Watch all of our Autoblog Wrenched videos for more tips on how to diagnose, fix, and modify cars from professional detailer Larry Kosilla. While you're at it, check out Larry's other car cleaning and maintenance video series Autoblog Details!
[00:00:30] for the last 15 years, but it when it comes to what's under the hood, I'm the student. Follow me as experts teach me how to diagnose, fix, and modify cars on Autoblog's Wrenched. (smooth instrumental music) - All right, Matt, I've heard people call this thing the pumpkin, is that true? - [Matt] The technical name for it is the rear differential housing. - [Larry] And how often do I need to change the fluid in this thing? - You should change your diff fluid between 10 and 50 thousand miles, depending on the type of vehicle you drive. Your service interval will be different depending on if you're driving a performance car or a pickup truck. You really should consult your service manual
[00:01:00] to see what your service intervals are from the factory, and in there it will also say what type of oil you should be putting in your rear diff. - [Larry] First, Matt puts our replacement gear oil outside in the sun. More on why he did that later. Next, he instructs me to remove the filL plug first, for two reasons. Number one, you want to make sure the plug has not seized, and would therefore prevent you from refilling the new gear oil once the old is removed, especially if this is your only car. You'd be stuck because you couldn't move or drive the car safely with no gear oil.
[00:01:30] And number two, you do it so the oil can drain out a bit easier, but you do want to make sure no dirt gets in the exposed hole while it's draining. Some rear diffs do not have a drain plug like this one here, and require you to remove the cover itself. Consult your manual before you get started. This can be a complicated job. On this particular vehicle, changing the rear diff fluid is similar to replacing engine oil. Remove the lower drain bolt and catch the fluid in a pan or a catch can. The last few turns of the bolt should be done by hand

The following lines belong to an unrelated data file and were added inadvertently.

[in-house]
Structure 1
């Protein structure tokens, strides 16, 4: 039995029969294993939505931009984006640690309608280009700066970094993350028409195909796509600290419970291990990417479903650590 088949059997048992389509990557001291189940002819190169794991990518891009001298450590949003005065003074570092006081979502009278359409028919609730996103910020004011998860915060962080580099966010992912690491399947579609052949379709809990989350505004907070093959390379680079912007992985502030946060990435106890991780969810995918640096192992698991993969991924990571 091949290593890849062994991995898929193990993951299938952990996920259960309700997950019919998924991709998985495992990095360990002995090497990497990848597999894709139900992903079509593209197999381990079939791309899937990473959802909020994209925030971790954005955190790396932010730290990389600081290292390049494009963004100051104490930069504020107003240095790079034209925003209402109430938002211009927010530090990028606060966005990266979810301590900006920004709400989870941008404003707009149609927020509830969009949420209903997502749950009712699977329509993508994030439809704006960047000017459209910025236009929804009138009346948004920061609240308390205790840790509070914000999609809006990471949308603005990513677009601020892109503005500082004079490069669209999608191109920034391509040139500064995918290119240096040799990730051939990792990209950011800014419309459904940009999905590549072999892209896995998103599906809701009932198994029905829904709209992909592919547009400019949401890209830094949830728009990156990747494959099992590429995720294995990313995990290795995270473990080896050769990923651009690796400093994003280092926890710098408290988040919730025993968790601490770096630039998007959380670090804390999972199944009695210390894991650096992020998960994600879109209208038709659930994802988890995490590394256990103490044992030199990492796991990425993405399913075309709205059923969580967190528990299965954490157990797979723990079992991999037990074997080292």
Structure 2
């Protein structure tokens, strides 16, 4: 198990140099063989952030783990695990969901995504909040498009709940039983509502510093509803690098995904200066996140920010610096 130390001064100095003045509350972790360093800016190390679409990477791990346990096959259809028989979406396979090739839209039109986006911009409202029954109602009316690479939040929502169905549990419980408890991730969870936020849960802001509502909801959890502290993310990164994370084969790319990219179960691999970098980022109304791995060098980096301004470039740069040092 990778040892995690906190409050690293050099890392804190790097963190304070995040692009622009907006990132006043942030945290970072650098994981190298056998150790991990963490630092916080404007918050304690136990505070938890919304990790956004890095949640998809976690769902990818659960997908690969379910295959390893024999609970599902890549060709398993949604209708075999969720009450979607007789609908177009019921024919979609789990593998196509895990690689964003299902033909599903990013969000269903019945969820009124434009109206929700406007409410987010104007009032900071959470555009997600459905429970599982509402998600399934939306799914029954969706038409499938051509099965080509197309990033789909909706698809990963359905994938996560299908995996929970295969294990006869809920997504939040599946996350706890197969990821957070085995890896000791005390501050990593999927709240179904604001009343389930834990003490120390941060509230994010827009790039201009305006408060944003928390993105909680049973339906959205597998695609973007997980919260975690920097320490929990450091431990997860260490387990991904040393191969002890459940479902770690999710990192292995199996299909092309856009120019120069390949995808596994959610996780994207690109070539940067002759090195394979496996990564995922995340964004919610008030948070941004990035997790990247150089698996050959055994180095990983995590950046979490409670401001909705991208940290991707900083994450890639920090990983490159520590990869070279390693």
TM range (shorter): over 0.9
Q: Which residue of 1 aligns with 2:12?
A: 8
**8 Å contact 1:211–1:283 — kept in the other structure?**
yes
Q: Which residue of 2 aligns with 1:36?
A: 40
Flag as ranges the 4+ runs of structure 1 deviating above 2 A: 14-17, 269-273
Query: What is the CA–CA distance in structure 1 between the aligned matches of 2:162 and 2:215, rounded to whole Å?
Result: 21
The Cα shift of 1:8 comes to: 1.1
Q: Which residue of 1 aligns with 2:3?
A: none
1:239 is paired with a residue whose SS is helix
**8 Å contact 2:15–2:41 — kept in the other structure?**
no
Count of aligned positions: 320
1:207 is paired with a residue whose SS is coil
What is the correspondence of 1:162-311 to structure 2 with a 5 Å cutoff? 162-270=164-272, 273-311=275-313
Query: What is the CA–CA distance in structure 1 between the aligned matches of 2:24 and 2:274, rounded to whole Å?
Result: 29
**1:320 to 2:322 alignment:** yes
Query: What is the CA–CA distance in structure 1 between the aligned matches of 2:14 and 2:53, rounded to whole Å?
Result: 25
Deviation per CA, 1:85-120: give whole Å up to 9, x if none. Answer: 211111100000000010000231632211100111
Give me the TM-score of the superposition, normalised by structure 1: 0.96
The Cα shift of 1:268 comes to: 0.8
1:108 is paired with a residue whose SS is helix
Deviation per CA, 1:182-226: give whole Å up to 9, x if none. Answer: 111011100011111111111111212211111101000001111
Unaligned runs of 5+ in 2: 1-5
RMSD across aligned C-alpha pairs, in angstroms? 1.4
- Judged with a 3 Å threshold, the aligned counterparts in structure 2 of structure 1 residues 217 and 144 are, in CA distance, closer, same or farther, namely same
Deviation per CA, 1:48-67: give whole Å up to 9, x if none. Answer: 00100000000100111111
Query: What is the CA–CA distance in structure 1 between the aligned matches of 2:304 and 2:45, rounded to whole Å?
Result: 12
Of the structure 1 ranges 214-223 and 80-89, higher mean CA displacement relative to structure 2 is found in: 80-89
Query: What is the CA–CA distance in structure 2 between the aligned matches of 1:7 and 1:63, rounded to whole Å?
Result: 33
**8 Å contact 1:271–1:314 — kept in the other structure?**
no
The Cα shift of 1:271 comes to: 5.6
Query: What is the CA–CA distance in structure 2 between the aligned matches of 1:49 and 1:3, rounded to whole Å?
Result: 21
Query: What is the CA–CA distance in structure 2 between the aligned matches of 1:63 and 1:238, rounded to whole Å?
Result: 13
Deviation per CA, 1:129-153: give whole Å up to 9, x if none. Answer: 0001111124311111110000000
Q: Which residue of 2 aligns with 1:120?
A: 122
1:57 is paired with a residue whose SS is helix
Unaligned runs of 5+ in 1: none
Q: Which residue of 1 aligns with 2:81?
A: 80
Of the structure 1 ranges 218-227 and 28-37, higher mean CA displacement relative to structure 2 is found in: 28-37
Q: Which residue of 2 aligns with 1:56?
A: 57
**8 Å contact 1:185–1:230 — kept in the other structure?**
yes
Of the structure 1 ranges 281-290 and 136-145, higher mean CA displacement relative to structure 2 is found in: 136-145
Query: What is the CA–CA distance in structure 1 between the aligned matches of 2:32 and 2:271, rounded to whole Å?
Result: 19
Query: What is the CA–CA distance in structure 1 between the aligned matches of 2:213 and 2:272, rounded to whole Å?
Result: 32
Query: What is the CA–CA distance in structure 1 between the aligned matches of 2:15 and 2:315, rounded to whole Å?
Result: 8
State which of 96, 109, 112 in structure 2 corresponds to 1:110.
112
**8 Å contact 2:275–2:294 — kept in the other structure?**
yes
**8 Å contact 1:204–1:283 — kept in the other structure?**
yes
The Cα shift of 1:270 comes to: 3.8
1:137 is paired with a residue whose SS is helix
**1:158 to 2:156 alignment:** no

[00:02:00] so that you can avoid dropping the bolt and magnet into the pan full of old oil. I caught a small cup of old gear oil to see the before and after shot at the end of this video, but no need to do it at home. Be sure to properly dispose of the spent fluid, this is toxic and must be disposed of properly. Check your local auto parts store to see if they recycle or can recommend where to go. Next, clean the bolt which doubles as a magnet. This is designed to catch the metal shavings
[00:02:30] caused by the gear's rubbing during regular use, and is perfectly normal. Use brake clean and a clean rag to remove the debris before re-installing with the new crush washer. Hand tighten the bolt at first to avoid cross-threading, then torque to your manufacturer's suggested torque spec. Next, the gear oil is retrieved from sitting outside in the sun. By heating it up in the sun, it flows a bit easier as it travels through the hose and into the pumpkin. Now place one end of the pump hose into the oil
[00:03:00] and insert the other end into the fill hole. Pump until suction is created, and oil begins to move from the container. Keep in mind, if your car has positraction or a limited slip differential, a special gear oil additive is needed to keep those extra parts lubricated properly. Luckily, our gear oil already had the additive mixed in. So how do you know when the rear diff is full without a dipstick like the engine oil, the trani fluid, power steering, or even the brake fluid. Well, the filler plug hole itself
[00:03:30] is strategically placed at the proper level of where the gear oil needs to be just before it starts to spill out. As you can see, the oil will slowly weep out of the hole, letting you know that the proper level has been met. Tighten your fill bolt, in our case it was 33 foot pounds, and double check your work. Wipe the area clean so you can easily spot potential leaks in the future. Clean differential fluid will help reduce friction, aggressive wear, and eventual damage by excessive heat, which you might feel as a vibration
[00:04:00] in the rear of the car when you're driving. At the very minimum, read your owner's manual to review the maintenance routine for all your fluids, including the always forgotten rear differential. For more how-to car repairs videos, visit autoblog.com/wrenched. I'm Larry Kasilla from AmmoNYC.com, as always, thanks for watching.